The Country’s (Inter)Dependent Branches of Government

What we have today are severely fragmented and damaged political institutions. Initiatives for Constitutional Reform by key personalities from the administration are imbued with persona interest rather than genuine intent to reform our system. 

Independent in theory, beholden to one in practice. This statement describes the state of the country's three branches of government- the Executive, Legislative and Judiciary.

The Philippines is a republican democracy wherein power is divided among three branches. These branches are supposed to be co-equal, interdependent and autonomous. The actual division of these branches in the Philippine Constitution clearly, though not expressly, highlights that separation of powers is a fundamental principle in Philippine Governance. Each of these branches is also granted powers to check on other branches so that no single branch has a monopoly in power (Principle of checks and balances).

The principle of separation of powers, however, is challenged by current institutional arrangements and behaviors exhibited by key personalities.

Current Institutional Setup

The Supreme Court (SC) is the highest judicial body in the Philippines. At present, the Chief Justice and associate justices of the SC are appointed by the President based on a shortlist submitted by the Judicial and Bar Council composed of government, private sector, and law practicing members.

Appointments made in present and past administrations have been a subject of constant controversy with claimed preference to classmates, friends and townmates of the appointing power over more senior candidates. This practice brings to the discussion whether we have a truly independent judiciary capable to exercise proper checks and balances.

Behavior of the Lower House

The independence of the House of Representatives has always been a question mark based on the influence the Chief Executive has on its decisions. It can be recalled that the Chief Executive was greatly involved in the forged term-sharing agreement for the House Speakership between Rep. Alan Cayetano and Rep. Lord Velasco. With reports that the term-sharing agreement will not be honored, the Chief Executive once again stepped-in to settle the issue.

It is also said by many that the Chief Executive's influence loomed large on Congress' decision to reject the franchise renewal of ABSCBN. Although the Palace claims its neutrality on the issue, the very own words of the Chief Executive at an event after Congress' rejection of the franchise reveal his seeming partiality against the network due to its alleged bias during the 2016 Elections.

These incidents have raised eyebrows whether the claims of a truly independent Lower House were indeed true or merely a farce.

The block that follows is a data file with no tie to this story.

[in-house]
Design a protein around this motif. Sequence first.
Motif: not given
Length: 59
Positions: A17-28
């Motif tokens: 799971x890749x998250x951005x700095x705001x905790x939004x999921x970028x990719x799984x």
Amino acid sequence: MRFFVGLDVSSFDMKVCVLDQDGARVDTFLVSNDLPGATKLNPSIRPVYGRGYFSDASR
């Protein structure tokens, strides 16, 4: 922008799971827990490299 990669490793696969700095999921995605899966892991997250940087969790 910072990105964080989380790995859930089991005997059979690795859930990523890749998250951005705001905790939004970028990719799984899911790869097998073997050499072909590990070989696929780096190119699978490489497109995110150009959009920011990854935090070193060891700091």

Damaged Political Institutions

What we have today are severely fragmented and damaged political institutions. Initiatives for Constitutional Reform by key personalities from the administration are imbued with persona interest rather than genuine intent to reform our system. Further, ridiculous calls for a revolutionary government will totally disintegrate any effort to at least having a working (not necessarily effective) government for our people.

As the 2022 Elections are fast approaching, I’m reminded once again to help educate voters on supporting a leader with a vision for institutional reform.

Enough of populist candidates cloaked as “pro-poor, pro-country, probinsyano messiahs”! We need to save our country from your like!

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About the Author
Mr. Aaron Benedict De Leon is currently a Business Development Practitioner in a private consulting firm. He has more than six years of professional experience in leading and managing political and non-government organizations, specializing in organizational management, policy development and program management. He has had stints with notable political/socio-civic organizations, serving in various capacities as: Secretary-General of the Centrist Democratic Party of the Philippines (CDP) [2013-2015], Founding Chairperson of the Centrist Democratic Youth Association of the Philippines (CDYAP) [2012-2014], Philippine Representative to the International Young Democrat Union (IYDU) [2011-2012], Chairperson of the Christian Democratic Youth [2011-2012], Secretary-General of YOUTH Philippines [2010-2011], and Spokesperson/Communications Director of the GT2010 Gilbert Teodoro Presidential Campaign [2009-2010].
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